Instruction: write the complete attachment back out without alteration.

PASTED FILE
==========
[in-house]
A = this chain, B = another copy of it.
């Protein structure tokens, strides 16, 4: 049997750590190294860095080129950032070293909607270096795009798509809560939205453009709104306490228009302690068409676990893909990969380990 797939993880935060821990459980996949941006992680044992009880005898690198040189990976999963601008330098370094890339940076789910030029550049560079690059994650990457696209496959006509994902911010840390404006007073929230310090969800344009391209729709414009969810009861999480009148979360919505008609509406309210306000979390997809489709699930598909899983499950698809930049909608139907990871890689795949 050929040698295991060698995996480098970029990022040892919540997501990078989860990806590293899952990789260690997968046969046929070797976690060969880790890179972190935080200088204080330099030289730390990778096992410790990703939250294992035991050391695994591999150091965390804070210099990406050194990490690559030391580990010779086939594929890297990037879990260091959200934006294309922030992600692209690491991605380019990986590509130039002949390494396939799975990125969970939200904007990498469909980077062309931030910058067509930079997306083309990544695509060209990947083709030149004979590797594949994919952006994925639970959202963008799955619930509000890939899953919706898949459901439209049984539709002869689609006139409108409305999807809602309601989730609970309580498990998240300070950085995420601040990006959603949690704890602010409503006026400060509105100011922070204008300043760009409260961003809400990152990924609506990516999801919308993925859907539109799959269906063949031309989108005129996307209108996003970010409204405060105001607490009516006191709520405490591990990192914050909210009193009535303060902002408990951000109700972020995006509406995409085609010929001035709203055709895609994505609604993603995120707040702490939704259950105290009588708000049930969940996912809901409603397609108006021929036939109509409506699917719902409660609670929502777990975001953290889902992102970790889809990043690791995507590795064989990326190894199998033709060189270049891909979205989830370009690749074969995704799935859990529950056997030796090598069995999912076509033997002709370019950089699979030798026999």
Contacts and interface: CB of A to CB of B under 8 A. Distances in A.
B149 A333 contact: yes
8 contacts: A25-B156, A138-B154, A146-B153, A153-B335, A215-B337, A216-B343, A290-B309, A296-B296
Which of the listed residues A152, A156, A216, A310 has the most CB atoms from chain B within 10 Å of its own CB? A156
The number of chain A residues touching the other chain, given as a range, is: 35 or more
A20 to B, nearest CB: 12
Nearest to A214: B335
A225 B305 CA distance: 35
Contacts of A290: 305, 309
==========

[in-house]
A = this chain, B = another copy of it.
């Protein structure tokens, strides 16, 4: 049997750590190294860095080129950032070293909607270096795009798509809560939205453009709104306490228009302690068409676990893909990969380990 797939993880935060821990459980996949941006992680044992009880005898690198040189990976999963601008330098370094890339940076789910030029550049560079690059994650990457696209496959006509994902911010840390404006007073929230310090969800344009391209729709414009969810009861999480009148979360919505008609509406309210306000979390997809489709699930598909899983499950698809930049909608139907990871890689795949 050929040698295991060698995996480098970029990022040892919540997501990078989860990806590293899952990789260690997968046969046929070797976690060969880790890179972190935080200088204080330099030289730390990778096992410790990703939250294992035991050391695994591999150091965390804070210099990406050194990490690559030391580990010779086939594929890297990037879990260091959200934006294309922030992600692209690491991605380019990986590509130039002949390494396939799975990125969970939200904007990498469909980077062309931030910058067509930079997306083309990544695509060209990947083709030149004979590797594949994919952006994925639970959202963008799955619930509000890939899953919706898949459901439209049984539709002869689609006139409108409305999807809602309601989730609970309580498990998240300070950085995420601040990006959603949690704890602010409503006026400060509105100011922070204008300043760009409260961003809400990152990924609506990516999801919308993925859907539109799959269906063949031309989108005129996307209108996003970010409204405060105001607490009516006191709520405490591990990192914050909210009193009535303060902002408990951000109700972020995006509406995409085609010929001035709203055709895609994505609604993603995120707040702490939704259950105290009588708000049930969940996912809901409603397609108006021929036939109509409506699917719902409660609670929502777990975001953290889902992102970790889809990043690791995507590795064989990326190894199998033709060189270049891909979205989830370009690749074969995704799935859990529950056997030796090598069995999912076509033997002709370019950089699979030798026999």
Contacts and interface: CB of A to CB of B under 8 A. Distances in A.
B149 A333 contact: yes
8 contacts: A25-B156, A138-B154, A146-B153, A153-B335, A215-B337, A216-B343, A290-B309, A296-B296
Which of the listed residues A152, A156, A216, A310 has the most CB atoms from chain B within 10 Å of its own CB? A156
The number of chain A residues touching the other chain, given as a range, is: 35 or more
A20 to B, nearest CB: 12
Nearest to A214: B335
A225 B305 CA distance: 35
Contacts of A290: 305, 309